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Hackers paralyse South Korean banks and broadcasters

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Hackers paralyse South Korean banks and broadcasters

Post  Panda on Wed 20 Mar - 8:06

Hackers paralyse South Korean banks and broadcasters

The computer networks of three South Korean broadcasters and at least two
banks were "paralysed" in what appeared to be a coordinated cyber attack on

South Korean soldiers walk near
a fence at a military check point in the border city of Paju Photo: AFP/Getty

By Julian Ryall in Tokyo

7:30AM GMT 20 Mar 2013

Authorities in Seoul were not immediately able to pinpoint the cause of the
system failures and the national security office declined to speculate on where
the attack may have originated, although suspicion immediately fell on North

"Reports have been made simultaneously, so we have dispatched investigators
to the scene," an official in the National Police Agency's cyber-terrorism
department told Yonhap News.

National broadcasters KBS, MBC and YTN reported shortly after 2pm that their
computer networks had inexplicably come to a complete halt. Editing equipment
had also been affected, affecting broadcasts. Shinhan Bank and Nonghyup Bank
reported that their systems had also been affected at the same time.

Just hours earlier, officials of the South Korean intelligence agency accused
Pyongyang of carrying out intensive cyber propaganda attacks against the South,
designed to damage government policies and encourage social discord.

"The North seems to think of cyberspace as a way to circumvent South Korea's
anti-communist National Security Law, and as a viable weapon to hurt Seoul by
spreading disinformation that can weaken public support for policies," a
intelligence source told Yonhap.

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To date, Seoul has identified 442 sites and organisations that are dedicated
to attacking South Korean interests through the Internet, including
Uriminzokkiri, the regime's main Internet-based media and propaganda site.

This week, the site has posted a new propaganda video depicting an attack on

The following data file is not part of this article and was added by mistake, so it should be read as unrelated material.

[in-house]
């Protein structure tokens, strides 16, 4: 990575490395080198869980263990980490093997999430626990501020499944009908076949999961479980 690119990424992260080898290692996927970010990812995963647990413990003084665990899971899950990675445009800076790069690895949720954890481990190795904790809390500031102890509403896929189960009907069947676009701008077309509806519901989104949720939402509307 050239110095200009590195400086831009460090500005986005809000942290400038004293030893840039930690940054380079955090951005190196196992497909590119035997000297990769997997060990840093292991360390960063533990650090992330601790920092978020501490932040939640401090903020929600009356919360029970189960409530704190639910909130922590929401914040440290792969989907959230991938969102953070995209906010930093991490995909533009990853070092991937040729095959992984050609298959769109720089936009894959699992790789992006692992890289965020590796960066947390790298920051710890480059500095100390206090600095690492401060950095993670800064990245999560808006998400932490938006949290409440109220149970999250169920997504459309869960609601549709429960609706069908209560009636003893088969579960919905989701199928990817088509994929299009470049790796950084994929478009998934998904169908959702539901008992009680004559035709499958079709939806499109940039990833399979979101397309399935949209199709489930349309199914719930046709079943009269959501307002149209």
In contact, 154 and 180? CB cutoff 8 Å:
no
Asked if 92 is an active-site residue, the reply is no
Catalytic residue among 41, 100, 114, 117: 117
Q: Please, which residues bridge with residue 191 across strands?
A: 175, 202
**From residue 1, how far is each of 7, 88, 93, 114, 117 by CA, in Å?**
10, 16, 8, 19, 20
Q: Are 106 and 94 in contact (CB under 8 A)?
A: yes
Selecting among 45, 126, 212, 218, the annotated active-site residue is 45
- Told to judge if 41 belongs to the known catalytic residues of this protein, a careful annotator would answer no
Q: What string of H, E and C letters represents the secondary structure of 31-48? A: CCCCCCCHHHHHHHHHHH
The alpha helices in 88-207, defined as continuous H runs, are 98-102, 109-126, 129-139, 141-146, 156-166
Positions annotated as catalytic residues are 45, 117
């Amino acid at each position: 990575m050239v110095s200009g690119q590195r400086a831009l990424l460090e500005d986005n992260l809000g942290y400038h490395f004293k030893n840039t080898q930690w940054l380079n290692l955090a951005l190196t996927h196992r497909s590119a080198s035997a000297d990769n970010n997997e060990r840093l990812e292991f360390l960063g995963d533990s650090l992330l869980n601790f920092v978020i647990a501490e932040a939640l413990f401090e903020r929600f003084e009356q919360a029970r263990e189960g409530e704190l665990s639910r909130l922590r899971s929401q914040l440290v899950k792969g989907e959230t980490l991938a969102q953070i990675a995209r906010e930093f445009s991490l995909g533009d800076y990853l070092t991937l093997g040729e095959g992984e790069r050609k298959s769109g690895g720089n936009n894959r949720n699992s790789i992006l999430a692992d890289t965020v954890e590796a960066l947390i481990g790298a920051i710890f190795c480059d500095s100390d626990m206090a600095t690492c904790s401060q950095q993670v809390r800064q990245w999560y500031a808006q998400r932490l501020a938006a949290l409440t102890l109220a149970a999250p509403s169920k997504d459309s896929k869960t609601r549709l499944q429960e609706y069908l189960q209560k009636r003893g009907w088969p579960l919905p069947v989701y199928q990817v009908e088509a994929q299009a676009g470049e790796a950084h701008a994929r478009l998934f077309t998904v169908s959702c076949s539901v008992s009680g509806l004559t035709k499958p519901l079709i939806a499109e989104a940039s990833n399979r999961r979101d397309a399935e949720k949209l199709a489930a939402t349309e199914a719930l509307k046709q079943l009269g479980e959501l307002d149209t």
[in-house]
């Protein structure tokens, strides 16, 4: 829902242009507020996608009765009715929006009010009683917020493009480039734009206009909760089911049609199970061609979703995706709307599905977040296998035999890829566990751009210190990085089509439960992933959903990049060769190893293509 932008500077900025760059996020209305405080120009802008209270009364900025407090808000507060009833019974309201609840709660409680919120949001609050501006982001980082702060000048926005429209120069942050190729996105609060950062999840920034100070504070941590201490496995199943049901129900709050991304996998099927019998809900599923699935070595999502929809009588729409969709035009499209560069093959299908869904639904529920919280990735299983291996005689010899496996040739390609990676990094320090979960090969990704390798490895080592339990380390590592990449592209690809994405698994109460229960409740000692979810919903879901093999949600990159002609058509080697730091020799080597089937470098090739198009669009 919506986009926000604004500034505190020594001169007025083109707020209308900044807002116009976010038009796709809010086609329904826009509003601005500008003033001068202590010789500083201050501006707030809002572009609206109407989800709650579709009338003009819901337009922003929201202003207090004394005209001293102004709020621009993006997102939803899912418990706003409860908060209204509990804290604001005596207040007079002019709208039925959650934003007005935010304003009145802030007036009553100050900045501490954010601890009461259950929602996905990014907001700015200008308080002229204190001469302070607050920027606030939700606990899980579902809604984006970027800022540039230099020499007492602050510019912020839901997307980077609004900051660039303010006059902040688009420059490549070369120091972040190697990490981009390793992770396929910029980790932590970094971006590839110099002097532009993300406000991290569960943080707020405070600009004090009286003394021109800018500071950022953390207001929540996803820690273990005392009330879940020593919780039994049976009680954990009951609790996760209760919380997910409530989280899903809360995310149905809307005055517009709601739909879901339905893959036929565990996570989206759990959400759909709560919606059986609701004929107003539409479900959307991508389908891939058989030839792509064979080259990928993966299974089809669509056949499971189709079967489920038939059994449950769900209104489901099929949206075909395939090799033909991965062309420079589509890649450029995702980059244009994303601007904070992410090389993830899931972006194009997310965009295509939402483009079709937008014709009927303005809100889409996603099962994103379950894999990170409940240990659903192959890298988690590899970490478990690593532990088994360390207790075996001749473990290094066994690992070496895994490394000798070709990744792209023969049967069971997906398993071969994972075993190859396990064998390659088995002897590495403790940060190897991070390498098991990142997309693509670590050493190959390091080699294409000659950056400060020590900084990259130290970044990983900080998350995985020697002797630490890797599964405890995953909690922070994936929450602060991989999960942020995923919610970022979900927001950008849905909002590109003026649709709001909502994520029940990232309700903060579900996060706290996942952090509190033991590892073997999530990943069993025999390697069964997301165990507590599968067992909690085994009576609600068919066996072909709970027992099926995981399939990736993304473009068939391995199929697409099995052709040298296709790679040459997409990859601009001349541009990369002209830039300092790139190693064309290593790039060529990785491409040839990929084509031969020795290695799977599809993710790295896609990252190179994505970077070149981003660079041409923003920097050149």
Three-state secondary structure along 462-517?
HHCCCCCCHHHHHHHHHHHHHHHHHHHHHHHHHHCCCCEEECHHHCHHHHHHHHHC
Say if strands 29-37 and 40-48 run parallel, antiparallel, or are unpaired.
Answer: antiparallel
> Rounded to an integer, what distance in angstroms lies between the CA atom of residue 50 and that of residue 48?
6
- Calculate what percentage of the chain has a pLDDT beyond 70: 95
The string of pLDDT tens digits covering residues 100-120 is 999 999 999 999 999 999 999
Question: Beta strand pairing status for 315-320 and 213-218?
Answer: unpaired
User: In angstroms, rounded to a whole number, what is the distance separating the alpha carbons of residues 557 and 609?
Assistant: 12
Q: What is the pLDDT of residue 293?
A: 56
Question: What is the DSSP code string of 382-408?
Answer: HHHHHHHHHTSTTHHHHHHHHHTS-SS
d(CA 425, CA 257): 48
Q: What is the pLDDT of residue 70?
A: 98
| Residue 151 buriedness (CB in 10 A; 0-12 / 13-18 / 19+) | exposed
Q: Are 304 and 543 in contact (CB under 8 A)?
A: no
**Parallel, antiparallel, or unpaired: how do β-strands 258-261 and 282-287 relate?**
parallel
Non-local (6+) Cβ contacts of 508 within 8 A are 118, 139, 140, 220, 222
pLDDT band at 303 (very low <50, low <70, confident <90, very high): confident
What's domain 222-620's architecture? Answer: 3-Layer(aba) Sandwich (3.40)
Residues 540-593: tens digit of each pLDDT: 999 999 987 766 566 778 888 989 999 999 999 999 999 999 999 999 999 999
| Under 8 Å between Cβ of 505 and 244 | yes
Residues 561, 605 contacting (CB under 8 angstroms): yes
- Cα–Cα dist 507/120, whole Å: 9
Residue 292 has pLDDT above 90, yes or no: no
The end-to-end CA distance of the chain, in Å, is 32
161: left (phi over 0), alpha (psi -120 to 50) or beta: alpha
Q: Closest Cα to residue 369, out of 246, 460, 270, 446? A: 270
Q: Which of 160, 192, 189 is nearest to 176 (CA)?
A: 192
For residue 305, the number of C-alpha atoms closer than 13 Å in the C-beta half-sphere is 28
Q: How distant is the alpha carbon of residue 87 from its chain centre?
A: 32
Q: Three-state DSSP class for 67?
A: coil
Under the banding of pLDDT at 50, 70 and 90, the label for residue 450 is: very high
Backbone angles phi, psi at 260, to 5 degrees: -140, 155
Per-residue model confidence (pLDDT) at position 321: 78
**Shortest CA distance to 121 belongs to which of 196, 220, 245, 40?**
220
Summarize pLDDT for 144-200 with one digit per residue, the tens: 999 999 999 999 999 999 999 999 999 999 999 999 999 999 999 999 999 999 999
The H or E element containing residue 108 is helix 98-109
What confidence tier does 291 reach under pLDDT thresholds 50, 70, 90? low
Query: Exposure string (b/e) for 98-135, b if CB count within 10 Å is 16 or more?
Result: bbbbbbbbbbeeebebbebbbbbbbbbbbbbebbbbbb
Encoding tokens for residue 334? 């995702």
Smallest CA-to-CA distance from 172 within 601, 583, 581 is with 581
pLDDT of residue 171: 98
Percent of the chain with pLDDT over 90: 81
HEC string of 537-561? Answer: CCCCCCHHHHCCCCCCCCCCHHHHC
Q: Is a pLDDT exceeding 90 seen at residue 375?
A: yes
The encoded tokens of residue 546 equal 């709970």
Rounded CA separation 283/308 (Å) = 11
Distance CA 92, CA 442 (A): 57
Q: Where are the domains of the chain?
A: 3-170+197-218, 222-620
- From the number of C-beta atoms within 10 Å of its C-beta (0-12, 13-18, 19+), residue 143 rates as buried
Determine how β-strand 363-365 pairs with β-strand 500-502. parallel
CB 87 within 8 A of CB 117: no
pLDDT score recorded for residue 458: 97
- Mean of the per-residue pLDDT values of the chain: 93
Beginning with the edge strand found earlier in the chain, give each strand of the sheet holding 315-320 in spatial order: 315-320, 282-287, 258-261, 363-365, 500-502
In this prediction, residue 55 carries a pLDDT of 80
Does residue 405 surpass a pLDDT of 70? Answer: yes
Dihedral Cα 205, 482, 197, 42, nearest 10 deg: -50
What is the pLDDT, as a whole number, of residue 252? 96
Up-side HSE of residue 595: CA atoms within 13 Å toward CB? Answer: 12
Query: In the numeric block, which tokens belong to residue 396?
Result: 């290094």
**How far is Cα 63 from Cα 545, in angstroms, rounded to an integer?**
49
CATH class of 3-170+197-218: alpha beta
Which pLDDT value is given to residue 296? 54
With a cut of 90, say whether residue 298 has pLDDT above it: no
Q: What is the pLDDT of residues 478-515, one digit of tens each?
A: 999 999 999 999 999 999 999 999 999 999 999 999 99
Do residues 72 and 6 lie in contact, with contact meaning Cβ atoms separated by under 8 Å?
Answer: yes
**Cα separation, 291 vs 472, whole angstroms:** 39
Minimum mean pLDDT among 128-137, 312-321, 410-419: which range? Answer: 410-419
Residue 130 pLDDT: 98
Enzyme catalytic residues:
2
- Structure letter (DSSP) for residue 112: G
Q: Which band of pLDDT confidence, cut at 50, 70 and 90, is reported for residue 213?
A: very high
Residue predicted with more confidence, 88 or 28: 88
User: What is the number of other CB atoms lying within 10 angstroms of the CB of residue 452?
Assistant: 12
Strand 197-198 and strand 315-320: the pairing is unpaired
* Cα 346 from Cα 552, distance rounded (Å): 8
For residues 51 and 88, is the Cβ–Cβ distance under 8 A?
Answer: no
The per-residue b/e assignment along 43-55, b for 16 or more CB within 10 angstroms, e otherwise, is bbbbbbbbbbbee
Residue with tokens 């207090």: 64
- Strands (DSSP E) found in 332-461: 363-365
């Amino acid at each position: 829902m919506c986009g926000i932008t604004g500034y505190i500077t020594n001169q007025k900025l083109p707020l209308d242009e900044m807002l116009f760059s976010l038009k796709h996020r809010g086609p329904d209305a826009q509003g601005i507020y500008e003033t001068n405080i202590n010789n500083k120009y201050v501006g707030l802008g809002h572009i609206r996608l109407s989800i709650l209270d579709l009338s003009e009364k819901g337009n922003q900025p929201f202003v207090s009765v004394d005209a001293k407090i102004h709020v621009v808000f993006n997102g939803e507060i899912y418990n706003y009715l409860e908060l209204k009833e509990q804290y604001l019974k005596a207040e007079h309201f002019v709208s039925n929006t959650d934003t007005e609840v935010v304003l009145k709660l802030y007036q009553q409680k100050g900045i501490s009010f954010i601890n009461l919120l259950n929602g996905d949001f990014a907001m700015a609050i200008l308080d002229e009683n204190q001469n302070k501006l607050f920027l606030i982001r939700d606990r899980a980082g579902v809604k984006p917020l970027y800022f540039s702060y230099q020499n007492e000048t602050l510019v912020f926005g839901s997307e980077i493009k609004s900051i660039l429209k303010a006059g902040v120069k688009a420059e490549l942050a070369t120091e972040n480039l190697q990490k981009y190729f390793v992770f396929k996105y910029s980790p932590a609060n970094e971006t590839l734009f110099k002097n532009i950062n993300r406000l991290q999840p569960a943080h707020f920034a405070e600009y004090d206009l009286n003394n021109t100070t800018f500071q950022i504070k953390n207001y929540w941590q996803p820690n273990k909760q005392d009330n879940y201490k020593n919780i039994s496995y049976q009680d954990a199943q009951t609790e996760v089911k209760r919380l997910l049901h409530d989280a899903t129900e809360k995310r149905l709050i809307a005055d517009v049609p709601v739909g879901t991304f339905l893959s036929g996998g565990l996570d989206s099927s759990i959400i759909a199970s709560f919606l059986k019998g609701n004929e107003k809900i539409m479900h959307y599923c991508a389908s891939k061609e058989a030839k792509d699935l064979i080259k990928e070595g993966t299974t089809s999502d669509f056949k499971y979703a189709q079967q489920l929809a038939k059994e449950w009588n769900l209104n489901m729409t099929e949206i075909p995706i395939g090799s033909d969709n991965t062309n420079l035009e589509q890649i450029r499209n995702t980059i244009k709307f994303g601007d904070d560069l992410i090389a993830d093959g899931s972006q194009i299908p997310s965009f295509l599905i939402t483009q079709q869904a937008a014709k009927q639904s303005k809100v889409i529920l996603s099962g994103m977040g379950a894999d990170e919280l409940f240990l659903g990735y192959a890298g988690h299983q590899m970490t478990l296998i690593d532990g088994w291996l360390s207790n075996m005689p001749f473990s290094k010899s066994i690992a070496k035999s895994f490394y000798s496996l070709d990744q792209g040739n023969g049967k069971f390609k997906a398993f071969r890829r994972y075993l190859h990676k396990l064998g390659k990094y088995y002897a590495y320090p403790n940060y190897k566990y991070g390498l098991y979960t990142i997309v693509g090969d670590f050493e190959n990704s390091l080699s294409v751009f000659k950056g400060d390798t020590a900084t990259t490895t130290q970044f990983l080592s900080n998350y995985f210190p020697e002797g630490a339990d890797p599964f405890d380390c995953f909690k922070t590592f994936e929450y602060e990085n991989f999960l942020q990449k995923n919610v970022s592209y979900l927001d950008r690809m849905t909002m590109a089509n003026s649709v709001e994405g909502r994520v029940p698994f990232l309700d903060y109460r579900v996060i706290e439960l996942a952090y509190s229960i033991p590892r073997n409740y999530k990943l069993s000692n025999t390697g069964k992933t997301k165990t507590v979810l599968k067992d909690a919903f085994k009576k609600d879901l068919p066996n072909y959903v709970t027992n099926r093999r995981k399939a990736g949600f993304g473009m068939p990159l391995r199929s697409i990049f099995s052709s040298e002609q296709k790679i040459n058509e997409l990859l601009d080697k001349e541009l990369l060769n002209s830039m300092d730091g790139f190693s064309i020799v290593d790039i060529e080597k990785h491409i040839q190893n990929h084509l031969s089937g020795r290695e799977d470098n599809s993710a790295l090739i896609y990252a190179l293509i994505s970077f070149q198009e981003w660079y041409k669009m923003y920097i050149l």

Washington and missiles destroying the Capitol Building.

Wednesday's attack coincides with meetings in Seoul between senior officials
from South Korea and the US on ways to enforce United Nations sanctions imposed
on the North in the aftermath of Pyongyang's recent nuclear test.

The US has imposed its on sanctions on the Foreign Trade Bank of North Korea,
Pyongyang's main foreign exchange bank, and four key officials identified as
being responsible for the regime's ballistic missile programme.

Yun Byung-se, the South Korean foreign minister, on Wednesday called on his
Chinese counterpart, Wang Yi, to work together to enforce the UN sanctions and
underlined the important role Beijing plays in making sure that the sanctions
are effective.

A study by the Korea Internet Security Centre this month identified a number
of key targets that North Korean cyber attacks are likely to attack and called
on the government and companies to be prepared for this form of provocation.

North Korea has been training a team of dedicated hackers since 1986, the
report said, and there is concern that Pyongyang could unleash a simultaneous
hacking attack against power utilities, traffic links, communications, the
military and other state infrastructure.

There is particular concern about the South's nuclear energy facilities,
which supply nearly 36 percent of the nation's electricity and could be
susceptible to viruses.

The report also indicated that South Korea's KTX high-speed railway network
is vulnerable as it is controlled from a single command centre. A failure in the
operating system would mean trains could no longer control speeds, routes or
signals and - in a worst-case scenario, the report warned - they could be
re-routed so they collide, causing hundreds of deaths.

Air traffic is also at risk, while the South Korean stock market could be
immobilised or see fake transactions being made, contributing to a crash in the

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